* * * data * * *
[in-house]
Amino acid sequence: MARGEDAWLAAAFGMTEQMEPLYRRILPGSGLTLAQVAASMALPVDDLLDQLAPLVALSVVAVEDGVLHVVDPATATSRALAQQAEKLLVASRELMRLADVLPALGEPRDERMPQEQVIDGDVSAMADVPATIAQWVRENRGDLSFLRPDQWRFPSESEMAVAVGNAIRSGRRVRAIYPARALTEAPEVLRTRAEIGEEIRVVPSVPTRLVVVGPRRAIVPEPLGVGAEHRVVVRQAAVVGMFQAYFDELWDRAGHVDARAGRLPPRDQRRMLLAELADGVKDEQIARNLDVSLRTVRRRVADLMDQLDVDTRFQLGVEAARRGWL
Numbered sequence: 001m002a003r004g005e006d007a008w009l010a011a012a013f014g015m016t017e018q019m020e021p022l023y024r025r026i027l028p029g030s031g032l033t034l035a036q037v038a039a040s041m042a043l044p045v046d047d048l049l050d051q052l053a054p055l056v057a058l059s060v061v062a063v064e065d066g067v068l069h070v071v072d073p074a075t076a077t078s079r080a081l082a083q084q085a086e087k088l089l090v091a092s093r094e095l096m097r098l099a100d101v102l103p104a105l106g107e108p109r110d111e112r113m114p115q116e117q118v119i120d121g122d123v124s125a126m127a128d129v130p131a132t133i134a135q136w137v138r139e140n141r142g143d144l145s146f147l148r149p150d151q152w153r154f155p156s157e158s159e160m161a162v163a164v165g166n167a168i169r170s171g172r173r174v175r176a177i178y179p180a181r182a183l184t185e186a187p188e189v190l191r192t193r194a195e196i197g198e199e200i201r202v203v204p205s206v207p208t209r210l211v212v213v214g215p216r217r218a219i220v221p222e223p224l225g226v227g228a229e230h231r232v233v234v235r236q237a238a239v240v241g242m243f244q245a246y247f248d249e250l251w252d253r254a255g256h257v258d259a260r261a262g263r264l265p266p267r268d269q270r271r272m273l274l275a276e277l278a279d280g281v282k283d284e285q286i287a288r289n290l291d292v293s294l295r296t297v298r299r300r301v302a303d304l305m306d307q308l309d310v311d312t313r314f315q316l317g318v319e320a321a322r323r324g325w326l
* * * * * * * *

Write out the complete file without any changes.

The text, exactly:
[in-house]
Amino acid sequence: MARGEDAWLAAAFGMTEQMEPLYRRILPGSGLTLAQVAASMALPVDDLLDQLAPLVALSVVAVEDGVLHVVDPATATSRALAQQAEKLLVASRELMRLADVLPALGEPRDERMPQEQVIDGDVSAMADVPATIAQWVRENRGDLSFLRPDQWRFPSESEMAVAVGNAIRSGRRVRAIYPARALTEAPEVLRTRAEIGEEIRVVPSVPTRLVVVGPRRAIVPEPLGVGAEHRVVVRQAAVVGMFQAYFDELWDRAGHVDARAGRLPPRDQRRMLLAELADGVKDEQIARNLDVSLRTVRRRVADLMDQLDVDTRFQLGVEAARRGWL
Numbered sequence: 001m002a003r004g005e006d007a008w009l010a011a012a013f014g015m016t017e018q019m020e021p022l023y024r025r026i027l028p029g030s031g032l033t034l035a036q037v038a039a040s041m042a043l044p045v046d047d048l049l050d051q052l053a054p055l056v057a058l059s060v061v062a063v064e065d066g067v068l069h070v071v072d073p074a075t076a077t078s079r080a081l082a083q084q085a086e087k088l089l090v091a092s093r094e095l096m097r098l099a100d101v102l103p104a105l106g107e108p109r110d111e112r113m114p115q116e117q118v119i120d121g122d123v124s125a126m127a128d129v130p131a132t133i134a135q136w137v138r139e140n141r142g143d144l145s146f147l148r149p150d151q152w153r154f155p156s157e158s159e160m161a162v163a164v165g166n167a168i169r170s171g172r173r174v175r176a177i178y179p180a181r182a183l184t185e186a187p188e189v190l191r192t193r194a195e196i197g198e199e200i201r202v203v204p205s206v207p208t209r210l211v212v213v214g215p216r217r218a219i220v221p222e223p224l225g226v227g228a229e230h231r232v233v234v235r236q237a238a239v240v241g242m243f244q245a246y247f248d249e250l251w252d253r254a255g256h257v258d259a260r261a262g263r264l265p266p267r268d269q270r271r272m273l274l275a276e277l278a279d280g281v282k283d284e285q286i287a288r289n290l291d292v293s294l295r296t297v298r299r300r301v302a303d304l305m306d307q308l309d310v311d312t313r314f315q316l317g318v319e320a321a322r323r324g325w326l